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The reading I've done on the Oistins fish fry is that it happens mostly on Friday night. I will be in Barbados on a Monday or Tuesday. Is Oistins still worth checking out on these days. Is it both lunch and dinner. Where else might one "dine" for casual, informal and representative Barbados cooking.


Holly Moore

"I eat, therefore I am."

HollyEats.Com

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Holly

The big night in Oistins is Friday. All of the huts open and the atmosphere is like that of a carnival. During the week I only noticed a couple of the huts open, and the queues were long. I would say that it was the best place for casual dining.

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Yeah, looks like I'll have to figure out a way to be in Barbados on a Friday.

When I asked for authentic local cuisine from a restaurant that's been around for awhile, my hotel sent me to Brown Sugar in Bridgeport. Nice place, but fancier than I was seeking. Started with a pepperpot stew of lamb and beef shin, then a plate full of flying fish. The stew was great, a nice sweet, peppery hot. The flying fish were ok, but a very heavy breading. Don't know if that's typical of Barbados cooking or not.

On the return to the hotel, my cab driver drove me through Bridgeport. We went down one street, don't remember the name, but he said this street used to have partying going on all through the night. There was a woman vendor frying fish under a tin roof and surrounded by a bunch of people waiting their turn. I've got a feeling this was where I should have had dinner, but there was no way the hotel was going to send me here. Hopefully I can find it when I return.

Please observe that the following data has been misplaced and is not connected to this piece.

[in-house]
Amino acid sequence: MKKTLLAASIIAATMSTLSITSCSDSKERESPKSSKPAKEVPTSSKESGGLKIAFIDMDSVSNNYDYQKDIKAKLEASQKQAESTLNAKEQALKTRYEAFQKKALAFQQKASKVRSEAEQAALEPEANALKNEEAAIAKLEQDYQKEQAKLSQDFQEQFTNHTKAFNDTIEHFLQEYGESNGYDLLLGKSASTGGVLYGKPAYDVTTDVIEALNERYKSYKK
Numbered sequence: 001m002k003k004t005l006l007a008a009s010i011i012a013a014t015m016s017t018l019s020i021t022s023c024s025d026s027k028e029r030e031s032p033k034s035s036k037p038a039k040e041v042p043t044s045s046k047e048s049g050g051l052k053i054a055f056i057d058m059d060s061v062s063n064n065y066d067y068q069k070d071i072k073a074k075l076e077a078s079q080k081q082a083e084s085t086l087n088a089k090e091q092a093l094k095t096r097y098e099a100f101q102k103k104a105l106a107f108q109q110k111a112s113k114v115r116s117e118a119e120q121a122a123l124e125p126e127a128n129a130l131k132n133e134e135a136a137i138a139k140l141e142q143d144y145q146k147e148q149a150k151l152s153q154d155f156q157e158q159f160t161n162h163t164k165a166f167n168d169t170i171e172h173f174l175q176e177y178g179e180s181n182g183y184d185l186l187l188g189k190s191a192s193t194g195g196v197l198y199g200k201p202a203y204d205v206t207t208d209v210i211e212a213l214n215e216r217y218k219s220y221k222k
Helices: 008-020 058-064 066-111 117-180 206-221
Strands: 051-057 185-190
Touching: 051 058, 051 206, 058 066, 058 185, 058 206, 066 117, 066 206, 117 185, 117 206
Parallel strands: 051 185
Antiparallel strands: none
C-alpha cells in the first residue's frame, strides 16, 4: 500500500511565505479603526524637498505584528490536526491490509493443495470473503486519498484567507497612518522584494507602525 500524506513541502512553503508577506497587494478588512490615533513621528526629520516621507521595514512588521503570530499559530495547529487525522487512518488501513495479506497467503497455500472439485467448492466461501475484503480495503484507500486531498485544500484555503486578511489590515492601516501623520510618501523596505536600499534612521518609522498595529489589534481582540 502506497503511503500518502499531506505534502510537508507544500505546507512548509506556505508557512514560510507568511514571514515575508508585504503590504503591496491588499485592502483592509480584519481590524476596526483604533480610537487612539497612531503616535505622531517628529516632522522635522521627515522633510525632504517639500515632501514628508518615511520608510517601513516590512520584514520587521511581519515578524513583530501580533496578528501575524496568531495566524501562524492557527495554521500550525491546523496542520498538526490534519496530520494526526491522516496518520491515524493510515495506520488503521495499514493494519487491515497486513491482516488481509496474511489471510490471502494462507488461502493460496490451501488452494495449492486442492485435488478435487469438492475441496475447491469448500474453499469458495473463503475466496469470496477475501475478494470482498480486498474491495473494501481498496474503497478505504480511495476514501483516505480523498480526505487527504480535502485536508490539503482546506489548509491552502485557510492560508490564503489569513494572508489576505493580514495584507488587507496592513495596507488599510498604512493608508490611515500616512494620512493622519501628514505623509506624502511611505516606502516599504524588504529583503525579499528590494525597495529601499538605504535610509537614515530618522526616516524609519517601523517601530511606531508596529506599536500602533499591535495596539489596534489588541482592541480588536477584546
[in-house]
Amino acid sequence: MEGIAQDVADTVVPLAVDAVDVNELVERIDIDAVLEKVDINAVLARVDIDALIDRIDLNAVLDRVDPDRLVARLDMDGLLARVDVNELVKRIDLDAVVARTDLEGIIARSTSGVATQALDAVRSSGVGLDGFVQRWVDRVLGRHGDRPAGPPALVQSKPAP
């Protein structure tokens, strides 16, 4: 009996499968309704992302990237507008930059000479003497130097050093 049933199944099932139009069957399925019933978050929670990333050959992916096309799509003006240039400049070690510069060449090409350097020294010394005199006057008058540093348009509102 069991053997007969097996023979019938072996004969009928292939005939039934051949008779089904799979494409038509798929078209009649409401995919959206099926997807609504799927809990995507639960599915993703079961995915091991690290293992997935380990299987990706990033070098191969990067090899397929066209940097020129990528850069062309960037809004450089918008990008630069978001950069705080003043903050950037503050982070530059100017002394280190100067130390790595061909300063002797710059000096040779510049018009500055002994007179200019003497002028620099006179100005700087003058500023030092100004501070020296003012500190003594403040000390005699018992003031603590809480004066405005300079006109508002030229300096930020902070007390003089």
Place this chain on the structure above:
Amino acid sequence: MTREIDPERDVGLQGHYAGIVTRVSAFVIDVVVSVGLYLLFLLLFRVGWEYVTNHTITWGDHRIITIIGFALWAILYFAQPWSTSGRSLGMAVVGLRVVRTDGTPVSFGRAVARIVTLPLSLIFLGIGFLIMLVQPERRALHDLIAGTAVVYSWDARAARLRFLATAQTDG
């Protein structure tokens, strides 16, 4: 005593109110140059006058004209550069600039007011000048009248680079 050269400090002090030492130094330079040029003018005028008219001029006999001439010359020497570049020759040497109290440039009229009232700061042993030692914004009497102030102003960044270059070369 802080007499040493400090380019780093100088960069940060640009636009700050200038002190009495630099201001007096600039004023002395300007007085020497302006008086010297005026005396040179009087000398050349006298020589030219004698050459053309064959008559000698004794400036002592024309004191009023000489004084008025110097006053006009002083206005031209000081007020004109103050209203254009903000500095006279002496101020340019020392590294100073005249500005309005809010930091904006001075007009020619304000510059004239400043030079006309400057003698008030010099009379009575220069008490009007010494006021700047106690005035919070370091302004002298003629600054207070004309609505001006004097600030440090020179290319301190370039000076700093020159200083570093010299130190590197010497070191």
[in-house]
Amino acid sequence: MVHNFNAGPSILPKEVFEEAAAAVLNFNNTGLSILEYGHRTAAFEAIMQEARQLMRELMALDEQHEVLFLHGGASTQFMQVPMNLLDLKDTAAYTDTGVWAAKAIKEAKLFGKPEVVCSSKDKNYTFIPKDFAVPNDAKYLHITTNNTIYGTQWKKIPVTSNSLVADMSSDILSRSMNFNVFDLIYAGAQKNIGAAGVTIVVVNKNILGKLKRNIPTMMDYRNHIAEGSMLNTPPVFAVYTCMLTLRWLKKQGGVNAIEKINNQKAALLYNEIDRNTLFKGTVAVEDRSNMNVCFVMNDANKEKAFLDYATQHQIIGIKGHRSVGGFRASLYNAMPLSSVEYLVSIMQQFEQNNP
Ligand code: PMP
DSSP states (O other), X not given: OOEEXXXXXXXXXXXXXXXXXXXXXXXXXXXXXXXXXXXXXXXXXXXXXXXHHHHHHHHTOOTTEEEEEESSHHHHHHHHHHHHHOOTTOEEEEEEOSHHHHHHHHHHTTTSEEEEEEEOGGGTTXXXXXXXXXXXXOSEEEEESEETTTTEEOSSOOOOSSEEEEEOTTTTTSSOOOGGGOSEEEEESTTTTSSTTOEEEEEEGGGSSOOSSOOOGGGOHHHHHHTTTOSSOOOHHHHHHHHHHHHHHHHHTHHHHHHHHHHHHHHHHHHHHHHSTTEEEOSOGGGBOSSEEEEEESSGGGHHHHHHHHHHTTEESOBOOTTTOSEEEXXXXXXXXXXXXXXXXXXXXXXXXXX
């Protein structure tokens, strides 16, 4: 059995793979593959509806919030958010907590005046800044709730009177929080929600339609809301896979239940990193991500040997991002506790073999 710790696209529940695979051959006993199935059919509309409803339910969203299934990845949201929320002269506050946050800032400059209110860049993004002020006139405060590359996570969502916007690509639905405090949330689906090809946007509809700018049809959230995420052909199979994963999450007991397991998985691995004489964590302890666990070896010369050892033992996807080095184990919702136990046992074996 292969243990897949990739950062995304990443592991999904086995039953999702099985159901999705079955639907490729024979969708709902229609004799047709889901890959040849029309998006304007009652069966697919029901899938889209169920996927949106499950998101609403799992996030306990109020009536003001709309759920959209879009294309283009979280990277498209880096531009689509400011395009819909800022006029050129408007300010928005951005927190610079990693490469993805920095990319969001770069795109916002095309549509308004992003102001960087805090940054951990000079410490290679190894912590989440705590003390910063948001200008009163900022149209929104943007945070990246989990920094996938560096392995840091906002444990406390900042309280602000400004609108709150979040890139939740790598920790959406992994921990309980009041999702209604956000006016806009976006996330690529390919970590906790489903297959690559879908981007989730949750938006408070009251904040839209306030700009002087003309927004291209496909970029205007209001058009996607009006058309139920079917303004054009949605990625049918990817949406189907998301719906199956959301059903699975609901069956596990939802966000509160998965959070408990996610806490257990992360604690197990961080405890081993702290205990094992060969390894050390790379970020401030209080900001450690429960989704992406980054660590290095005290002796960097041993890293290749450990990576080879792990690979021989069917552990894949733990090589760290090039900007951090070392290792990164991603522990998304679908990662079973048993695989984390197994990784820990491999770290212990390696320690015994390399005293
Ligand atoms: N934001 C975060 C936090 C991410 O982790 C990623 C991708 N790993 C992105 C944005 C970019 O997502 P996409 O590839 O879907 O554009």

Holly Moore

"I eat, therefore I am."

HollyEats.Com

Twitter

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We went down one street, don't remember the name, but he said this street used to have partying going on all through the night.

Could it have been Baxter Road, which Calvin Trillin wrote about it in Travels With Alice?

Gosh, that book made me hungry.

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No. Brown Sugar Restaruant is on Aquatic Gap in Bridgetown. And yes, heavy breading is very typical to Bajan Fried Fish. If you think that was alot you should see our Fried Chicken. :cool:

If you want to see Brown Sugar's site, go here:

Brown Sugar Restaurant

....and yes....I am still alive.


Edited by ShawtyCat (log)

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So ShawtyCat, did you ever post a recipe for Bajan Rum cake?

I came back from Barbados last week with a healthy amount of rum (or unhealthy amount) and I thought a cake might be fun thing to do with it.